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I am playing with metaclasses in Python 2.7. So I created a code that looks like this:

class M(type):
    def __new__(meta, name, parents, attrs):
        print 'In meta new'
        return super(meta, meta).__new__(meta, name, parents, attrs)

    def __init__(cls, *args, **kwargs):
        print 'In meta init'

    def __call__(cls, *attr, **val):
        print 'In meta call'
        return super(cls, cls).__new__(cls)

class A(object):
    __metaclass__ = M

    def __new__(cls):
        print 'In class new'
        return super(cls, cls).__new__(cls)

    def __init__(self):
        print 'In object init'

    def __call__(self):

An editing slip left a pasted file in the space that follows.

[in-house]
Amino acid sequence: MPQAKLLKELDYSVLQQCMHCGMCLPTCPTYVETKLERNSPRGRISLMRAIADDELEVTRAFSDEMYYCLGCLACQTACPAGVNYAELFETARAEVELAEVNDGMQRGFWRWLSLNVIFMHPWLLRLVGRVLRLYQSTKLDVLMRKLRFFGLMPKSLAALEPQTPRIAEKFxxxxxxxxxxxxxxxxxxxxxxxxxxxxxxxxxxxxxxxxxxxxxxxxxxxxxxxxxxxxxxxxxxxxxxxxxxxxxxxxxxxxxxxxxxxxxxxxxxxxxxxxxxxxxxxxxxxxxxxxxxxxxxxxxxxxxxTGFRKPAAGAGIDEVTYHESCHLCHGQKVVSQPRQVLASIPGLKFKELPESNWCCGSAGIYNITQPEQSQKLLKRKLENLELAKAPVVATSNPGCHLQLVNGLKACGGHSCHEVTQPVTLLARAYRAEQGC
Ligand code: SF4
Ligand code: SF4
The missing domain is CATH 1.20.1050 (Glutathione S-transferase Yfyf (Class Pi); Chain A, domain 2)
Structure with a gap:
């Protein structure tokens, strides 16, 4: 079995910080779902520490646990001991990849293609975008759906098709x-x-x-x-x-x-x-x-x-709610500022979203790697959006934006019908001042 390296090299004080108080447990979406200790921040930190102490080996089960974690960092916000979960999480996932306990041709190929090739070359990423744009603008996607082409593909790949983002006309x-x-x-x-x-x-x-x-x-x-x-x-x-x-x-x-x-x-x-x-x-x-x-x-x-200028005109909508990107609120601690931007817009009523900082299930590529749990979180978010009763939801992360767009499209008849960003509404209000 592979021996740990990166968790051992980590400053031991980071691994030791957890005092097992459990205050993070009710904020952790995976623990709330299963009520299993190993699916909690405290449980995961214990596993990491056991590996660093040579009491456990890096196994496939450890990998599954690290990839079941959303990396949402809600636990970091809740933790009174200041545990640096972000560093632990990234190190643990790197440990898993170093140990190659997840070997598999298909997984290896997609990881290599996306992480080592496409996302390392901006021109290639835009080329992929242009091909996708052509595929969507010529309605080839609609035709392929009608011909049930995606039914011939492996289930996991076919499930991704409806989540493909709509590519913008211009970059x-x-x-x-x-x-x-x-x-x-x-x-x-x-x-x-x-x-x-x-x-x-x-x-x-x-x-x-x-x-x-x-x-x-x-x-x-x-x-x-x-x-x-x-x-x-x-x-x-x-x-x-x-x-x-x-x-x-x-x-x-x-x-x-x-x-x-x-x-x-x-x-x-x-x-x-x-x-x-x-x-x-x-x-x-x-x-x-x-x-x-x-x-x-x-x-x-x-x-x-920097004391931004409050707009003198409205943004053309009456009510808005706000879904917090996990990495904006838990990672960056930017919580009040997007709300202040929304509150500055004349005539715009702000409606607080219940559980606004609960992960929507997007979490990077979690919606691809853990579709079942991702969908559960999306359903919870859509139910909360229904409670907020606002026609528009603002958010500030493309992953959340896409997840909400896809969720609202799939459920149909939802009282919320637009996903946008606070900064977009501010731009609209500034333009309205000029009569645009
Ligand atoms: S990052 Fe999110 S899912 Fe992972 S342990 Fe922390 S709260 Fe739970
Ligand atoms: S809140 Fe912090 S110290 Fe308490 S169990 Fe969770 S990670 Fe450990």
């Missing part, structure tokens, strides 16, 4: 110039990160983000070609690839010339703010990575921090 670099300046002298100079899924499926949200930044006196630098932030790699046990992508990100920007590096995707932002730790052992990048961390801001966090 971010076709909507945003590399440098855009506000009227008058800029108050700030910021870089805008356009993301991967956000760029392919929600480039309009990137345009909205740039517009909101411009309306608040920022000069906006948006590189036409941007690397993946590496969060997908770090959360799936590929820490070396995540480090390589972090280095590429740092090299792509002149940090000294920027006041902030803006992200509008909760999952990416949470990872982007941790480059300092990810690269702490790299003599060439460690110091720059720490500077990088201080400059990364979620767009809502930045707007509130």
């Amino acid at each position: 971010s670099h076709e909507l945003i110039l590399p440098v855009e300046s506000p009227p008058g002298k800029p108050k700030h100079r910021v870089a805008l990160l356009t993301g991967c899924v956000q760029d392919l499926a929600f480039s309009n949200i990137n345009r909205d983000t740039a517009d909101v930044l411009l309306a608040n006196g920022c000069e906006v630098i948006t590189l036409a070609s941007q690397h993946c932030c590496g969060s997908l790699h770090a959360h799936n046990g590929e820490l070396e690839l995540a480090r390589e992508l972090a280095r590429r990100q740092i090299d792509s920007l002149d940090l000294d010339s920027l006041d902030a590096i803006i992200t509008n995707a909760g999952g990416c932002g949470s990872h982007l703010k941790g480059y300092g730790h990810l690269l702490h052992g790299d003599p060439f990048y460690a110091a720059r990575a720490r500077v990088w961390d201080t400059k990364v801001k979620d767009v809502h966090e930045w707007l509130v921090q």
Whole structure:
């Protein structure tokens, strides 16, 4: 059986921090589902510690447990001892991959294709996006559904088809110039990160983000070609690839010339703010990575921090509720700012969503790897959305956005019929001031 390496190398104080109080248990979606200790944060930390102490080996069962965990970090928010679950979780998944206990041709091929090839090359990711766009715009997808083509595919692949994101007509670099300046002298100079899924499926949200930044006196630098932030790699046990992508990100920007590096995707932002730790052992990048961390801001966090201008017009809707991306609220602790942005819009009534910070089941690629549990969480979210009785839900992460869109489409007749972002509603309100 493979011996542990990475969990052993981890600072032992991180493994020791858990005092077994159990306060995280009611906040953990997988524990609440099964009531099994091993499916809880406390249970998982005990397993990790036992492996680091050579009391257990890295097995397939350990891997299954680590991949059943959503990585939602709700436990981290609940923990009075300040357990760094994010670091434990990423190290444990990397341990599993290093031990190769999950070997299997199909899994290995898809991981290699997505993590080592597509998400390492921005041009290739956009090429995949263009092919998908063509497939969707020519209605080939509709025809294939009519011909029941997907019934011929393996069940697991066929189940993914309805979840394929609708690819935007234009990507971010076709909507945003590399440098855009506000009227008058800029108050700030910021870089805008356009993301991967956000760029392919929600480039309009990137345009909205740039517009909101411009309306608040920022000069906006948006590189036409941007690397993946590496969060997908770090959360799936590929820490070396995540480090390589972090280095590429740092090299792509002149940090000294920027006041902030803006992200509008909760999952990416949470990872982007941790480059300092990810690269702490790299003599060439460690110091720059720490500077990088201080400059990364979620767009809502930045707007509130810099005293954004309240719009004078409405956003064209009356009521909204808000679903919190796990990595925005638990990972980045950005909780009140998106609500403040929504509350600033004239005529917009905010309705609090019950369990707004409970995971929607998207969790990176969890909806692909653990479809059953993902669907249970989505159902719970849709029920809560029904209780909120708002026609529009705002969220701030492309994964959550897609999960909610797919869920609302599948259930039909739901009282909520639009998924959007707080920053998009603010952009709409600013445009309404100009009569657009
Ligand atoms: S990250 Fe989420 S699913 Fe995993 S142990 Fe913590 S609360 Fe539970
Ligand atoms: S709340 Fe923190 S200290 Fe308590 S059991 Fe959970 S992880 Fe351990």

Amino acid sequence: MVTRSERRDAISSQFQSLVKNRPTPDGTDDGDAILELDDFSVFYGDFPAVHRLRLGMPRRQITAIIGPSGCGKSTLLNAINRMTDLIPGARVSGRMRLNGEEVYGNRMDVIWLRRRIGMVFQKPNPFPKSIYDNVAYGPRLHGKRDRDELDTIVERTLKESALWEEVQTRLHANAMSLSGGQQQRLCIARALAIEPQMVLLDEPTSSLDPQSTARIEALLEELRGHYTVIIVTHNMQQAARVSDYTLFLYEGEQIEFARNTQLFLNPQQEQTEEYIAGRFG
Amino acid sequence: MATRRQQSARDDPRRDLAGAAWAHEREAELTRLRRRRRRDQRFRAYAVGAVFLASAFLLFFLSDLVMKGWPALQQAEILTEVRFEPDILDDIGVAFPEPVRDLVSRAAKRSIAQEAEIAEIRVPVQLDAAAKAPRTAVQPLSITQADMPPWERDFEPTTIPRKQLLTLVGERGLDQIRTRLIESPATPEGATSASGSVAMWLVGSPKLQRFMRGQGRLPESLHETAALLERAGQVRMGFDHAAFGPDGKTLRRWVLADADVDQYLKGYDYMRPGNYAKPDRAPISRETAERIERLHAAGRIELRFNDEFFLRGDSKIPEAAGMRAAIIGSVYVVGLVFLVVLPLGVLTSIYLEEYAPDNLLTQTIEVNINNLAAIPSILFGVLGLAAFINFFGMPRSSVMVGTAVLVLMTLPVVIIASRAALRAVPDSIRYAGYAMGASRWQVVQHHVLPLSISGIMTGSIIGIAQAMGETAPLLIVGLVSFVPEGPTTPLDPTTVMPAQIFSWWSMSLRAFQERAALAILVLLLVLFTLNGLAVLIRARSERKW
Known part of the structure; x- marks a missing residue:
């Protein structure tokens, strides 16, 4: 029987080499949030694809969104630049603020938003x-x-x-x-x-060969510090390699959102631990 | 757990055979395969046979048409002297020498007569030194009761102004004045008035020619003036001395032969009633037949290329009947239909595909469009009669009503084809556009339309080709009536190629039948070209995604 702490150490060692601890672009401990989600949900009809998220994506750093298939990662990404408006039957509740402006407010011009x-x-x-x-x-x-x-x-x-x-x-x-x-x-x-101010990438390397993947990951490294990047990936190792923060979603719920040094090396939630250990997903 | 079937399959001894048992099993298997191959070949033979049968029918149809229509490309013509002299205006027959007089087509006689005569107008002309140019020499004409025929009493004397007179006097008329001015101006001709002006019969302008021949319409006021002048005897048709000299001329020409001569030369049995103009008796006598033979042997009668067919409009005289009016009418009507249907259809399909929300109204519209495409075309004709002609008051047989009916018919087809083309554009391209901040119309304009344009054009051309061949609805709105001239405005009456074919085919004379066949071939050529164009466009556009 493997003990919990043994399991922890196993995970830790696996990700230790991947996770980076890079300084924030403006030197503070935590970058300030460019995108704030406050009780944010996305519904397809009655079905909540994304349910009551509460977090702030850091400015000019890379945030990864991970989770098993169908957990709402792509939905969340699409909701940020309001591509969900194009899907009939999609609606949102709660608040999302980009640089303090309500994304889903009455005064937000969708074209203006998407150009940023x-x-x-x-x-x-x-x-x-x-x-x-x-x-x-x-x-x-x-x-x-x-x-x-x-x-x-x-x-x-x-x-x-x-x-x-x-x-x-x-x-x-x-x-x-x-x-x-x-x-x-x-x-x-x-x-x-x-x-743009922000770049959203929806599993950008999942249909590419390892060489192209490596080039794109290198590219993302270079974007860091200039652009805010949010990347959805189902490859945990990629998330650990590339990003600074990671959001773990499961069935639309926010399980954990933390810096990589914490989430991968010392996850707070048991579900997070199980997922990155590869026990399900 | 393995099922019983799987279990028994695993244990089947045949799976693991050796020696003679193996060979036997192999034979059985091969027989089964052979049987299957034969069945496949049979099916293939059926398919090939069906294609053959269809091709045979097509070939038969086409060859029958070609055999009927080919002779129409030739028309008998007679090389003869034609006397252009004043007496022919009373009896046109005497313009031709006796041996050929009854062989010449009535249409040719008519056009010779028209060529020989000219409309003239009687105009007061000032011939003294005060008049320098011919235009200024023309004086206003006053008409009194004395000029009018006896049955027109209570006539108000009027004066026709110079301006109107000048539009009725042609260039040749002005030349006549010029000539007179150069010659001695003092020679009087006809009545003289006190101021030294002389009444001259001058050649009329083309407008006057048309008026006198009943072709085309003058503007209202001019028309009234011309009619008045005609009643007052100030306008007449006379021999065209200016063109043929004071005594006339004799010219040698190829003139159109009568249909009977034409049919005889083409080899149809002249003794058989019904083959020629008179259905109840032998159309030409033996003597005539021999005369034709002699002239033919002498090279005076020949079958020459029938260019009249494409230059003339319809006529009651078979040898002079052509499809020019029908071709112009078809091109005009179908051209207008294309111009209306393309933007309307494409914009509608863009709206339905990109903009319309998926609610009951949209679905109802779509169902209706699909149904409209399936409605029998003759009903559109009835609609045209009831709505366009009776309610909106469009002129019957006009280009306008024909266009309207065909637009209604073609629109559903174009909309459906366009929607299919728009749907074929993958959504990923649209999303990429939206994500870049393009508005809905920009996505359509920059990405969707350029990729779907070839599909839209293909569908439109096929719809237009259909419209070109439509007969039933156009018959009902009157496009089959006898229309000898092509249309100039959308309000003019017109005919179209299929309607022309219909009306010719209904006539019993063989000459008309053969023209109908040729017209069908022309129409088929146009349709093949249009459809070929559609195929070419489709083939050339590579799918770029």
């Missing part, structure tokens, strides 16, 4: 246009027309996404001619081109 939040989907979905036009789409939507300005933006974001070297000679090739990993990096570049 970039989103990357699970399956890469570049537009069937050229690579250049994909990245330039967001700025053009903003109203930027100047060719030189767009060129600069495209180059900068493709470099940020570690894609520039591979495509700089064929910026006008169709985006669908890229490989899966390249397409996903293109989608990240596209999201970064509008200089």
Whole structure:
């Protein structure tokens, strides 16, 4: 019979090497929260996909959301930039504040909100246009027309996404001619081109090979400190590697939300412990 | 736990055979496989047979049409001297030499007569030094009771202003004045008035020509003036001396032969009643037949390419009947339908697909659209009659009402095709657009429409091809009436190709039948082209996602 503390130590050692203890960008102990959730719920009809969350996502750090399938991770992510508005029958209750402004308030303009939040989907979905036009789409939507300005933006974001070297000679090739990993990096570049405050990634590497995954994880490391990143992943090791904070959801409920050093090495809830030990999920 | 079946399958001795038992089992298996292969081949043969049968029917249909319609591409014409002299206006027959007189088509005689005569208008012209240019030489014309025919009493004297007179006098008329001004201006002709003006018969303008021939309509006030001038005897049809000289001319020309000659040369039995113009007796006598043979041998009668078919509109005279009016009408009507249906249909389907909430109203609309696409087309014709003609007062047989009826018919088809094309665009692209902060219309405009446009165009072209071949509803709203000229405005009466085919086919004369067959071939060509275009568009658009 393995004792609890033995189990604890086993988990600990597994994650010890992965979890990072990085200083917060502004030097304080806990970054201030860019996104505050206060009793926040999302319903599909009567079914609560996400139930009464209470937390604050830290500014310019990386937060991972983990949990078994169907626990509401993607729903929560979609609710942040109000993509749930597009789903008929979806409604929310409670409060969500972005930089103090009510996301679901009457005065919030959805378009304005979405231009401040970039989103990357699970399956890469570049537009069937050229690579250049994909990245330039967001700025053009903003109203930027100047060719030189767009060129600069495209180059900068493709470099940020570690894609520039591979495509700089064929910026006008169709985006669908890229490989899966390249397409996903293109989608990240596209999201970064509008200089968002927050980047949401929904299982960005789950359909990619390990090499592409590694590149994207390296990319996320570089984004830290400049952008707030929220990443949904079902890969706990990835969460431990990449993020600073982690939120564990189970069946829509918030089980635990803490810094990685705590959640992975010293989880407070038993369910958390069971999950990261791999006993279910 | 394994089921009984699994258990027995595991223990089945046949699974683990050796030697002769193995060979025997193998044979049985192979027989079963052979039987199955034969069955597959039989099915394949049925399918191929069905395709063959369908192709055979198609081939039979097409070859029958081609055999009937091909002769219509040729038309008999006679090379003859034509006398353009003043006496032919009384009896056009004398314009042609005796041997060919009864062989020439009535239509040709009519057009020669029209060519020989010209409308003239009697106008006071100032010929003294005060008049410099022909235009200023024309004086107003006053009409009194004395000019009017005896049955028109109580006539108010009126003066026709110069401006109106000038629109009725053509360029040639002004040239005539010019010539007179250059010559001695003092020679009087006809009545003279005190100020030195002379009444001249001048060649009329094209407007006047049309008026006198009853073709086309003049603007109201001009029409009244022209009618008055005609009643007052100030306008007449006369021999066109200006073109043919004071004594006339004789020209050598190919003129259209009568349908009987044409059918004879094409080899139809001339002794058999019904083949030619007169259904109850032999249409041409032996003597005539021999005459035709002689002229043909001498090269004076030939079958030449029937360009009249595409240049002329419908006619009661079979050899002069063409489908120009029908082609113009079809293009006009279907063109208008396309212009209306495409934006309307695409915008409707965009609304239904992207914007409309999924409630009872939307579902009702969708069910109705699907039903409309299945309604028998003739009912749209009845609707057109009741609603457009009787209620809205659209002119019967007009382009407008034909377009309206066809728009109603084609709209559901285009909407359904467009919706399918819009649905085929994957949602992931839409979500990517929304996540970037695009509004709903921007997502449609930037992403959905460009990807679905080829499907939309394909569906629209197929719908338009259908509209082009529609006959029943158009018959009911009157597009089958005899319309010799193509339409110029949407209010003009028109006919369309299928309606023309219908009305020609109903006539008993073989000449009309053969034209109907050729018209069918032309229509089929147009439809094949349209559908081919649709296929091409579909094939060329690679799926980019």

print 'In object call'

But the output confuses me:


In meta new
In meta init
In meta call

Somehow class methods __ new __ and __ init __ were overridden, so interpreter just skip them. Can anyone explain this stuff?

Thanks for your help.

share|improve this question

You're calling super() incorrectly. The first argument to super() is supposed to be the class itself, not the instance of it.

return super(meta, meta).__new__(meta, name, parents, attrs)

should be...

return super(M, meta).__new__(meta, name, parents, attrs)

and so on for the other super() calls - the first argument should be the class they're within; the second is the actual instance.

share|improve this answer
This is working in other way not because of that. – alexvassel Nov 15 '12 at 13:28

It does not work because I do not use the origin Python mechanism - cls(), which guaranties automatic working of the __new__ and __init__ methods, it is overridden by metaclass __call__ method, which doesn't do the same.

share|improve this answer

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